|I am an assistant professor of politics and public affairs at Princeton University.
My research sits at the intersection of political communication, public opinion, and political behavior. I use a combination of experimental methods, large datasets, machine learning, and innovative measurement to study how people choose, process, spread, and respond to information about politics.
Current or recent projects investigate online selective exposure, how to accurately measure media exposure on the internet, the dynamics of interest group mobilization over Twitter, and the persuasive effect of new information on individuals’ attitudes and beliefs. See the Research page for more on these and other projects.
Forthcoming, Nature Human Behaviour: “Exposure to untrustworthy websites in the 2016 U.S. election” (with Brendan Nyhan and Jason Reifler)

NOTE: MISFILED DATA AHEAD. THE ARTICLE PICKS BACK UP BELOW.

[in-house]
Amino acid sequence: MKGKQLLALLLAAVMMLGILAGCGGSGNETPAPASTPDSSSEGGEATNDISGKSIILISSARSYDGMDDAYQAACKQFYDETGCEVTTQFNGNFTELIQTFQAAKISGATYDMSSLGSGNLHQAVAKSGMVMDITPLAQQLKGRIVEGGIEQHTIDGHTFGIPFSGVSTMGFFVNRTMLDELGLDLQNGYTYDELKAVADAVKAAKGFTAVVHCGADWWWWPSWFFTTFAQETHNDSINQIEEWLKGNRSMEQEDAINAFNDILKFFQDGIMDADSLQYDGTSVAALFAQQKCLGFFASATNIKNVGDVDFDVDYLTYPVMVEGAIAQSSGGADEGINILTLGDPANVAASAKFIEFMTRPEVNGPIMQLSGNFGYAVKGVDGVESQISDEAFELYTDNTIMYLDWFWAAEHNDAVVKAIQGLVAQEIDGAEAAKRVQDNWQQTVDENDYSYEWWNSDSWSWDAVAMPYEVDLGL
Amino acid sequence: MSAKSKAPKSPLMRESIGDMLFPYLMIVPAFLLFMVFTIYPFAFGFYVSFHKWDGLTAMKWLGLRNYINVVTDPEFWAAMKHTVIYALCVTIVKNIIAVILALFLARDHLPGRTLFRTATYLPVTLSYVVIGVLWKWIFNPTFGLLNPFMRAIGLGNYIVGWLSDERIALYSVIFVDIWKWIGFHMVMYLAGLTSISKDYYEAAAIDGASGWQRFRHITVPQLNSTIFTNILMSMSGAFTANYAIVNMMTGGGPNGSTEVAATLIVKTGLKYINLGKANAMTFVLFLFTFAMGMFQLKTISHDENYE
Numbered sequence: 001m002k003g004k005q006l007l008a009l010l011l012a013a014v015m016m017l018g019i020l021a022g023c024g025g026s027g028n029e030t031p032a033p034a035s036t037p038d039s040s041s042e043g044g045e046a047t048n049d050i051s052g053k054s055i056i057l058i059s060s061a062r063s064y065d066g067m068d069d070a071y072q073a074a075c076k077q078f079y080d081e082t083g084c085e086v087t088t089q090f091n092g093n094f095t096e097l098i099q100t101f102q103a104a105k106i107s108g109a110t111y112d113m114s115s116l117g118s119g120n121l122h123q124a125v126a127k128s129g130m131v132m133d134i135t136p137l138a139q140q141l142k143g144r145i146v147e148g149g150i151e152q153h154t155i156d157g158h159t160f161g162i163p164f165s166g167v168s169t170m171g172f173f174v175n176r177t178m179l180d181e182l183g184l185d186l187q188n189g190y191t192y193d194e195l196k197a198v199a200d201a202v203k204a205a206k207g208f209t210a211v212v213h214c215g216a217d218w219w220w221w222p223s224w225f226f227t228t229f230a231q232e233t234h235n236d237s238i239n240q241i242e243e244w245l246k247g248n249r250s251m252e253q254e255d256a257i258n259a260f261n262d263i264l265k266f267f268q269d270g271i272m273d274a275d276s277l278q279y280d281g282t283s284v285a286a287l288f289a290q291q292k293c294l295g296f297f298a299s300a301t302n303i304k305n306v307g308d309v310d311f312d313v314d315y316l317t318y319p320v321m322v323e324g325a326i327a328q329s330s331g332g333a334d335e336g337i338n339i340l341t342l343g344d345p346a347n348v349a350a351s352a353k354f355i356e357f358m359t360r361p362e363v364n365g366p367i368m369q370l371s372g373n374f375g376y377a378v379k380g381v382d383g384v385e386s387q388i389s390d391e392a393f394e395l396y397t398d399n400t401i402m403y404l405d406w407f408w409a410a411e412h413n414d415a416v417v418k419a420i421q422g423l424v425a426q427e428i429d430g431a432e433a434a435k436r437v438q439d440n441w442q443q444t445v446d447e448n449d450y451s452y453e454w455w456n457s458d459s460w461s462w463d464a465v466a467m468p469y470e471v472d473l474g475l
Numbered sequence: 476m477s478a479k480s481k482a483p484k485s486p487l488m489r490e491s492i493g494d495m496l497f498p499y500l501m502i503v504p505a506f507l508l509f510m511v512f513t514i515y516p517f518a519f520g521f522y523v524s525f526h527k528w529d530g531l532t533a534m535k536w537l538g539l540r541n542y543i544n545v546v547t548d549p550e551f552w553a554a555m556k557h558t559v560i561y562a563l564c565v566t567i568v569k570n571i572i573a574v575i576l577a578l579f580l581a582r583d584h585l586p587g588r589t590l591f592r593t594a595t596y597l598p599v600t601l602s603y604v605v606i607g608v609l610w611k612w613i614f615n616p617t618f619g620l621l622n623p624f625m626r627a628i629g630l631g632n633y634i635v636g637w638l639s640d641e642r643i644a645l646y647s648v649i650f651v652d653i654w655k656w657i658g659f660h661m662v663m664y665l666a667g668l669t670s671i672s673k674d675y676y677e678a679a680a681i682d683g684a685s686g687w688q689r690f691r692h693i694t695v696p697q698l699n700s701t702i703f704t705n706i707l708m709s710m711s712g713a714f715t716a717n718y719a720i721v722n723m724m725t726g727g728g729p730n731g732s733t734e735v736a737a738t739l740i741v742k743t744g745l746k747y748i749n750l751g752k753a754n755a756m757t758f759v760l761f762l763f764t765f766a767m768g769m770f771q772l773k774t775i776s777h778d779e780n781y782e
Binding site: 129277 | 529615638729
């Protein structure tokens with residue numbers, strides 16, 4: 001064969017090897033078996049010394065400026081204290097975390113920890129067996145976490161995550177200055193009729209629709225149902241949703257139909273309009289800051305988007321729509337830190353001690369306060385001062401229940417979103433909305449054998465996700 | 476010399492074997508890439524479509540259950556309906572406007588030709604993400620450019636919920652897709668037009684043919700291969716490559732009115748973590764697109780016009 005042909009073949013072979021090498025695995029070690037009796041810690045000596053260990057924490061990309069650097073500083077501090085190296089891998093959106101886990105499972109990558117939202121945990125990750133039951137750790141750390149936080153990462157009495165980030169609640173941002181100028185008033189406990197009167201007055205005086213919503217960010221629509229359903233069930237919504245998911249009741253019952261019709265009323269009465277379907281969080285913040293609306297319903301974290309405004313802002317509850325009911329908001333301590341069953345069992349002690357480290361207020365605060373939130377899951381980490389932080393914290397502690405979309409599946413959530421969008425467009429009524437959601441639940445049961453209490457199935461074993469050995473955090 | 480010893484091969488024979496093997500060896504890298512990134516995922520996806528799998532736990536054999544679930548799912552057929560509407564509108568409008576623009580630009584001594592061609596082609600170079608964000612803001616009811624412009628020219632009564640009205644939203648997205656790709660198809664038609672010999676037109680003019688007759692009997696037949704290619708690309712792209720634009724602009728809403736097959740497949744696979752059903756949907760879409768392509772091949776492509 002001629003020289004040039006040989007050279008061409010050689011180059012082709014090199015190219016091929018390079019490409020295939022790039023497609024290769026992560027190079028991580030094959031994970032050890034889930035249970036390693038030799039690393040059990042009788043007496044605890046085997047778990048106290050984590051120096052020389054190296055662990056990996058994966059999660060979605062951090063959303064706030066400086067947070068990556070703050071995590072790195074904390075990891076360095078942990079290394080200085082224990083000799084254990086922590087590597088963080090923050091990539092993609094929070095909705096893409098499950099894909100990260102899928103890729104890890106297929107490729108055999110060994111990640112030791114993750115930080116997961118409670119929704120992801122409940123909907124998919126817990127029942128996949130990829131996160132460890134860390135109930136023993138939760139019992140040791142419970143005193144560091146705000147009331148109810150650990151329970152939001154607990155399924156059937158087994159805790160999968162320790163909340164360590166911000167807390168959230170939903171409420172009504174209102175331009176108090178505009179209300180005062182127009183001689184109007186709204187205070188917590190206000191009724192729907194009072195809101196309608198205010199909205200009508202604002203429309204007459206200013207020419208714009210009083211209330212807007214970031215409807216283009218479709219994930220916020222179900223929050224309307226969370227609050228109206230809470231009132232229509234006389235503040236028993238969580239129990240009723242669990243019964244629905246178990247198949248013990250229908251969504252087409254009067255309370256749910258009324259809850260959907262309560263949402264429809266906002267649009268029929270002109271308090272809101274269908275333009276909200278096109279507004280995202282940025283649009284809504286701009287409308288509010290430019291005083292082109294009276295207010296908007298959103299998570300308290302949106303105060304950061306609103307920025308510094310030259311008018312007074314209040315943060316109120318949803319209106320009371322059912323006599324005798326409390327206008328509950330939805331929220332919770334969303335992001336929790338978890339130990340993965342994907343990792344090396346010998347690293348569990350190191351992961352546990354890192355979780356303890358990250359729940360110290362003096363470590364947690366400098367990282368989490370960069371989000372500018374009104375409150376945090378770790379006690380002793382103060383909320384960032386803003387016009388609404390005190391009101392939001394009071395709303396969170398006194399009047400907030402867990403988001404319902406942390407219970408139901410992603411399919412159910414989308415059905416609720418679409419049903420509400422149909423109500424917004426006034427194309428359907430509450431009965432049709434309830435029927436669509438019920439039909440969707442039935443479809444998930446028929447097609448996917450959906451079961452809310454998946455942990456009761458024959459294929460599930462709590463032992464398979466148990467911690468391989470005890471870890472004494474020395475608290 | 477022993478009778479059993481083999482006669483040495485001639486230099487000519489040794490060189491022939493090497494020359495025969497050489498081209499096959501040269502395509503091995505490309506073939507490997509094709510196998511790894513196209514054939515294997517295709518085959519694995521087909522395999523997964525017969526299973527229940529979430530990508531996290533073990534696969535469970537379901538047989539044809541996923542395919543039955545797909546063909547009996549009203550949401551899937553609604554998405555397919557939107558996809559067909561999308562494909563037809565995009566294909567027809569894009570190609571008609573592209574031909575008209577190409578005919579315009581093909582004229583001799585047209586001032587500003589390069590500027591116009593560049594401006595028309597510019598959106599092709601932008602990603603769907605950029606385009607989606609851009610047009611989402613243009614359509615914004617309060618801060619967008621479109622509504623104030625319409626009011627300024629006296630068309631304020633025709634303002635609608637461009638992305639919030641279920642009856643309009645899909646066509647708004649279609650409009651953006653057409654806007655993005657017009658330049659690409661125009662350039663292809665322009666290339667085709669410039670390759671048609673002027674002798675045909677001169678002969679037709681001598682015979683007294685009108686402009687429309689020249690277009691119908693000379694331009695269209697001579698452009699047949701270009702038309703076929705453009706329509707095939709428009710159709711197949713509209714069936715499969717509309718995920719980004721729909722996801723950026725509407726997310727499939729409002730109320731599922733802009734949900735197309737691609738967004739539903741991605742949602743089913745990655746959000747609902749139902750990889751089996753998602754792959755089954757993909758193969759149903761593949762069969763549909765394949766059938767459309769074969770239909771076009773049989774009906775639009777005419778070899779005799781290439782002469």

Though commentators frequently warn about “echo chambers,” little is known about the volume or slant of political misinformation people consume online, the effects of social media and fact-checking on exposure, or its effects on behavior. We evaluate these questions for the websites publishing factually dubious content often described as “fake news.” Survey and web traffic data from the 2016 U.S. presidential campaign show that Trump supporters were most likely to visit these websites, which often spread via Facebook. However, these sites made up a small share of people’s information diets on average and were largely consumed by a subset of Americans with strong preferences for pro-attitudinal information. These results suggest that widespread speculation about the prevalence of exposure to untrustworthy websites has been overstated.